- Your child is now a toddler! This means that he or she may be walking, although probably in an unstable manner. If your child is not yet walking, they probably are cruising (walking while holding onto furniture or pushing objects), or crawling on the ground.
- Many children now have words they use consistently. They also understand many more words than they say.
- Fine motor skills are also developing rapidly. Your child’s improved pincer grasp ability means that they can grasp and manipulate very small objects.
- You may have noticed that your child has become more upset when you leave. They also often times are more anxious around people they don’t know. Separation and stranger anxieties tend to become more prominent by this age.
- If there are terms that best describe toddlers they are persistence, curiosity, energy, independence, and frustration. These characteristics ultimately excite parents and can lead to temper tantrums when children don’t get their way.
- Many of the parenting challenges that develop in the second year of life revolve around your child’s behaviors. Educating yourself in regards to these challenges is the best preparation in dealing with those occasions when they don’t behave as you would like them to.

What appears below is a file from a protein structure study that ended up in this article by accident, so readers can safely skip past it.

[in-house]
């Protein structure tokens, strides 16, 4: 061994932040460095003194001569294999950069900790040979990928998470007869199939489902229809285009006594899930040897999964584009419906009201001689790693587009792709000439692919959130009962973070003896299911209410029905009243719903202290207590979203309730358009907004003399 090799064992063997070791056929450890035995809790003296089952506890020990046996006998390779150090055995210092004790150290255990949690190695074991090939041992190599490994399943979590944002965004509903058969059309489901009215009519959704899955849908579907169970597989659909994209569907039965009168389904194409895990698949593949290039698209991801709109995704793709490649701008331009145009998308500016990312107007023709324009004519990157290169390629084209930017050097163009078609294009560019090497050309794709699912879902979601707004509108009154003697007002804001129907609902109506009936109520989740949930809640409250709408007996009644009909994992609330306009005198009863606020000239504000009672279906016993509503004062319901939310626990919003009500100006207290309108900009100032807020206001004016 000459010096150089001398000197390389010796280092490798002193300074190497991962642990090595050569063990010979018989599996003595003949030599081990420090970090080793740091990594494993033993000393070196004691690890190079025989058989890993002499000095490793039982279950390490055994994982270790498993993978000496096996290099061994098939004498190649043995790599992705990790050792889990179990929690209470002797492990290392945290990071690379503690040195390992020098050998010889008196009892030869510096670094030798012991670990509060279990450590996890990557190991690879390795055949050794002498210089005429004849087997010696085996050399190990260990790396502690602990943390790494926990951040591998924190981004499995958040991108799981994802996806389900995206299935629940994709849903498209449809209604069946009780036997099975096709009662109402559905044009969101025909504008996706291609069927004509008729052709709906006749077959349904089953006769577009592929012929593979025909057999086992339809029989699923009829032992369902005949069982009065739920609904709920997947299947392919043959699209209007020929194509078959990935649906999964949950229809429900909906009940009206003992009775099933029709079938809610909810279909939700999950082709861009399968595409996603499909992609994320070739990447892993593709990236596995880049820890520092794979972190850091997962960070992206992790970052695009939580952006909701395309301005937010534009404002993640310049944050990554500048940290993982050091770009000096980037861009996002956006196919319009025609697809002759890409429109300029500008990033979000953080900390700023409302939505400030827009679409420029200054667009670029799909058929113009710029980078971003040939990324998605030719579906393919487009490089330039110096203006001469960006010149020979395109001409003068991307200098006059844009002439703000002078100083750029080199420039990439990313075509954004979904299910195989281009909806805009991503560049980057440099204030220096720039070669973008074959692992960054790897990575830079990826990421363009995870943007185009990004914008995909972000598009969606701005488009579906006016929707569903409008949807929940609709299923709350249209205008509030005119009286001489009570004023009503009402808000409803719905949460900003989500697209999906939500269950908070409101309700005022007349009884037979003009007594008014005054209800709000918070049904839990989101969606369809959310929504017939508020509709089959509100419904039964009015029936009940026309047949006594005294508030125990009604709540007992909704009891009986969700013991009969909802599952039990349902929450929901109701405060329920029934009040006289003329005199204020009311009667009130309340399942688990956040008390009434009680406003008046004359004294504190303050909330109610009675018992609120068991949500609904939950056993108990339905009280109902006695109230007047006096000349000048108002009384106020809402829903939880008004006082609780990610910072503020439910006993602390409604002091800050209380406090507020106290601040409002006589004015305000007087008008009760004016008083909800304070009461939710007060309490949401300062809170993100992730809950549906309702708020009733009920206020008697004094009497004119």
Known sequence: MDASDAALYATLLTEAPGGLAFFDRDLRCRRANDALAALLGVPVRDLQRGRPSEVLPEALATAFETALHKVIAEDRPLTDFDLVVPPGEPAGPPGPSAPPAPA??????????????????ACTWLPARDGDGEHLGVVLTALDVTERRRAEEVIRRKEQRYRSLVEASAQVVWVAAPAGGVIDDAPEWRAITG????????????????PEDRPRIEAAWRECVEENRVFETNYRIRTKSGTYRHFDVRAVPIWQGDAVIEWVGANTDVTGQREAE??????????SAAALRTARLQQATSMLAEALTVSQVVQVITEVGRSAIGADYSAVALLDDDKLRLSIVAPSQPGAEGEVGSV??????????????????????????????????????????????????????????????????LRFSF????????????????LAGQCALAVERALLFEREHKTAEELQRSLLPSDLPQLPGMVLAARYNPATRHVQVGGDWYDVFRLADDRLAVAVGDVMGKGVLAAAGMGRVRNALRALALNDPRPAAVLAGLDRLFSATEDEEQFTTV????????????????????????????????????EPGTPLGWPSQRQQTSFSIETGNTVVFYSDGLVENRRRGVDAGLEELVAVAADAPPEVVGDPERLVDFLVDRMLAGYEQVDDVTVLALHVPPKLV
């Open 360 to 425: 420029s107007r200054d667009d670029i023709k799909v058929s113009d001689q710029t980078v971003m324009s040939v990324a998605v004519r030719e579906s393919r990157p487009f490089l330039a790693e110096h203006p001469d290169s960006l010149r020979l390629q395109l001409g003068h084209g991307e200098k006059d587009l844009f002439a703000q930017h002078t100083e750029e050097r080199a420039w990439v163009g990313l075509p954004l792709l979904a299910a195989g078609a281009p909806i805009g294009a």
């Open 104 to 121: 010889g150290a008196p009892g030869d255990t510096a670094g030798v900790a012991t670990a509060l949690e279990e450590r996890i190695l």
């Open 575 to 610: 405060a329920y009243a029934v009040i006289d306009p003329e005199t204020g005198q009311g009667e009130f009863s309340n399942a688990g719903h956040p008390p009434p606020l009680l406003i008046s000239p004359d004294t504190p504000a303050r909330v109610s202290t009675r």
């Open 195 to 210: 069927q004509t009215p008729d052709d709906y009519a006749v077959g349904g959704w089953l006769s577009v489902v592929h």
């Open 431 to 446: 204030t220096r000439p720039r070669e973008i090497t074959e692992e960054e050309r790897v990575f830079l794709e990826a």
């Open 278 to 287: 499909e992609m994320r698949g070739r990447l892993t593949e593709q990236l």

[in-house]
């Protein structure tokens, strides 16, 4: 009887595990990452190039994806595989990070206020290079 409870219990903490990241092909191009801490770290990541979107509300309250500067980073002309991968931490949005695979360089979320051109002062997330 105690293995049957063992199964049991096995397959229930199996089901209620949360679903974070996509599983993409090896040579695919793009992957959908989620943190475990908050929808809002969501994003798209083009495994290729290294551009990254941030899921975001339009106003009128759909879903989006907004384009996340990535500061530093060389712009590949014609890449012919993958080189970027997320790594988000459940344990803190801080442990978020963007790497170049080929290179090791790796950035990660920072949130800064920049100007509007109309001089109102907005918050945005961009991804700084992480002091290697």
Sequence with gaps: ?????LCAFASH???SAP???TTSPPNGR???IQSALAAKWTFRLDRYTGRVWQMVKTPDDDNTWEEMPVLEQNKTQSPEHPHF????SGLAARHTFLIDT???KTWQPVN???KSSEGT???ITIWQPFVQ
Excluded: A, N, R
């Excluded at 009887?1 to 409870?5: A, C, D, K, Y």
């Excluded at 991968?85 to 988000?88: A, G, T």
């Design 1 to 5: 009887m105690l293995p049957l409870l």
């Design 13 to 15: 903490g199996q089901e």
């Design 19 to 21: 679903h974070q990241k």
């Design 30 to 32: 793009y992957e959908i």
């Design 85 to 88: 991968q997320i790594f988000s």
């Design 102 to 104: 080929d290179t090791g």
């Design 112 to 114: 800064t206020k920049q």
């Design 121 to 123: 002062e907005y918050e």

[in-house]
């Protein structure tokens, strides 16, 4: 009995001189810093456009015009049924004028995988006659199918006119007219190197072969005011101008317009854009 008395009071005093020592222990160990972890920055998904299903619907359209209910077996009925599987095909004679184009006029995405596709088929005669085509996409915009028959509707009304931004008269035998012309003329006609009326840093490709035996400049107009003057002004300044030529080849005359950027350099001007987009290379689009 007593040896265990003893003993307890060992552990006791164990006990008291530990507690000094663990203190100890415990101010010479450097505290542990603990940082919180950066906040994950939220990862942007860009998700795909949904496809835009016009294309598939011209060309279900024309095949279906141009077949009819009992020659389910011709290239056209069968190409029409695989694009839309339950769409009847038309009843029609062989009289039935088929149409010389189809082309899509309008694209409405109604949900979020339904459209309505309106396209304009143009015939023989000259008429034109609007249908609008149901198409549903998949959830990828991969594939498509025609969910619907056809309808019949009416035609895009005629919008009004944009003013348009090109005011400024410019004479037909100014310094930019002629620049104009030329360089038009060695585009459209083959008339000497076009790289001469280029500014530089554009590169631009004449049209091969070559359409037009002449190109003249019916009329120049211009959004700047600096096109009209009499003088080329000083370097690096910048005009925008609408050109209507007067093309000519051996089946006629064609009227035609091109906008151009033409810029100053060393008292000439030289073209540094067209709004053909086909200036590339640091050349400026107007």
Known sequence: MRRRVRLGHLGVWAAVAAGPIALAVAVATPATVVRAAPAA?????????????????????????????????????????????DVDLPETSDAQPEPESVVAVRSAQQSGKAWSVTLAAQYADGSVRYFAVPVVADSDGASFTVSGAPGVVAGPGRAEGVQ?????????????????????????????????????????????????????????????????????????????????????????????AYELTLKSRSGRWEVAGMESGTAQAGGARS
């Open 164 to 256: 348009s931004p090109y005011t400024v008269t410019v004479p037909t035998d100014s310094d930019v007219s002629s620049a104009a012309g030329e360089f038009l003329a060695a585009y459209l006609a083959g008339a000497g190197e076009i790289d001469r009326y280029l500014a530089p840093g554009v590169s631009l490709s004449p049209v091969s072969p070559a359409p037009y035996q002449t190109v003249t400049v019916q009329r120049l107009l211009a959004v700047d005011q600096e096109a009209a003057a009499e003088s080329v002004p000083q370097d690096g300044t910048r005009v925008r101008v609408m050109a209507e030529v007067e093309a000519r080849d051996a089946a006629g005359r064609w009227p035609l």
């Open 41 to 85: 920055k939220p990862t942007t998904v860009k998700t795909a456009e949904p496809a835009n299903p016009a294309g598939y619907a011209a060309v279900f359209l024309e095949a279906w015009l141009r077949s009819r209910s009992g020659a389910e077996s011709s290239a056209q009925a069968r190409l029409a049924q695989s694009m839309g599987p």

- Whether your child has been breast fed or formula fed, one year of age is an appropriate time to start him or her on whole milk. If your child takes a bottle you may also find this to be a convenient and easy time to wean them off of the bottle.
- Your child needs about 1,000 calories a day for growth and energy expenditure. That really is not a lot of food! Don’t be surprised if their appetites are down substantially compared to what you recall from several months ago. Try to offer him or her a good variety of foods and try not to let meal times turn into battles of wills. Include many fruits and vegetables. Avoid highly processed foods.
- Please review with your provider if an iron supplement, fluoride and/or Vitamin D is recommended for your baby.
- Today your child will receive two vaccines that have not been previously administered: The chickenpox vaccine and hepatitis A. These vaccines are generally well tolerated with a slight chance of a low grade fever and some soreness. Also a small percentage of kids who receive the chickenpox vaccine will get a blister at the injection site but this should be asymptomatic and non-contagious.
- On previous well child sheets we’ve had more information and links on child development, sleeping problems, solid food introductions, and household safety.
Your child’s next visit is at 15 months of age